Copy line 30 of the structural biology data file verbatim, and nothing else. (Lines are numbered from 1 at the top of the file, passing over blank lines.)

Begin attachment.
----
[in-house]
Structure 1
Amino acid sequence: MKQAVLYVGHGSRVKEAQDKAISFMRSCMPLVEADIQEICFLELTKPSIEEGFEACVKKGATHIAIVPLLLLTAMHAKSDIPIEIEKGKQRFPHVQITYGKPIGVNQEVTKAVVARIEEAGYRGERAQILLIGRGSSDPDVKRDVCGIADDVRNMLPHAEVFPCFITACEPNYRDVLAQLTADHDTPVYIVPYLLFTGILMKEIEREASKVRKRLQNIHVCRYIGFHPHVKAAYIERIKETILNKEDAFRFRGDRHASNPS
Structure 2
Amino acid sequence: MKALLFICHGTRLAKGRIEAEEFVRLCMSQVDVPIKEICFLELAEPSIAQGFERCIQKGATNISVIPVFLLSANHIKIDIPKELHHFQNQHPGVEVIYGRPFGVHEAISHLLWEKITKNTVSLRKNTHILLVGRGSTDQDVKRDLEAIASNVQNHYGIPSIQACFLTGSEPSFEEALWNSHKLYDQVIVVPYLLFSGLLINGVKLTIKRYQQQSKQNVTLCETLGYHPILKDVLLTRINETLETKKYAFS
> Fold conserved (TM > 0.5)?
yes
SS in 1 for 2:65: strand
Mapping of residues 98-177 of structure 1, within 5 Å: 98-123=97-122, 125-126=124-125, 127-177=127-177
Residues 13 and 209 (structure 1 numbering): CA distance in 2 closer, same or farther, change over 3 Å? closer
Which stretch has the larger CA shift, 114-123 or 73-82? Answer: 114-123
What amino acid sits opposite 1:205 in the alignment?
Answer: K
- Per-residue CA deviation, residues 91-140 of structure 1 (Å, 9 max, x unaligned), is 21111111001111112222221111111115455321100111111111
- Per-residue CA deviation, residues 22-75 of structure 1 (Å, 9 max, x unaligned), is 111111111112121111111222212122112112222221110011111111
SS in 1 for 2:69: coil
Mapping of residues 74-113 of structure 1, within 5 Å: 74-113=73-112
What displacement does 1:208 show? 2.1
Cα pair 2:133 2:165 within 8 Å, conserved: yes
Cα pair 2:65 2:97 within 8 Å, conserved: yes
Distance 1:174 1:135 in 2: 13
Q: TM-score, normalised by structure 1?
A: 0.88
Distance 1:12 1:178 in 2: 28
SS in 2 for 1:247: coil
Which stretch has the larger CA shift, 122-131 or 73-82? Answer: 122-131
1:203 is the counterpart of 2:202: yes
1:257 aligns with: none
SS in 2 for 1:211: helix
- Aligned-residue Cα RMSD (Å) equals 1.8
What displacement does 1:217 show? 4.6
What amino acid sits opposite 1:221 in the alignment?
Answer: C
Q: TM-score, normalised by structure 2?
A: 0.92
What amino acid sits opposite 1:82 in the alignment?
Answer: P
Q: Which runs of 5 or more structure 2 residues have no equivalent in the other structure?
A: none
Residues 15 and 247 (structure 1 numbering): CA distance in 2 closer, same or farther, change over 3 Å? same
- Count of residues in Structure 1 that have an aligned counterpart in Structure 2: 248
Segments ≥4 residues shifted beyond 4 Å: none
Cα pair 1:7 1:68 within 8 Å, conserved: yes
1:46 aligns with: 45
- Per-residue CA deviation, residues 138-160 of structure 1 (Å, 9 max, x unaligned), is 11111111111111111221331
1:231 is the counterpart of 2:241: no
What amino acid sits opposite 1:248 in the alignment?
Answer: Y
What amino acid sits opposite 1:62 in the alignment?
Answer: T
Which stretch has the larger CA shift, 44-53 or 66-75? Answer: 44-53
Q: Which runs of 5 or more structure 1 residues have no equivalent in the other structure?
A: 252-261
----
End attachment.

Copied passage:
- Aligned-residue Cα RMSD (Å) equals 1.8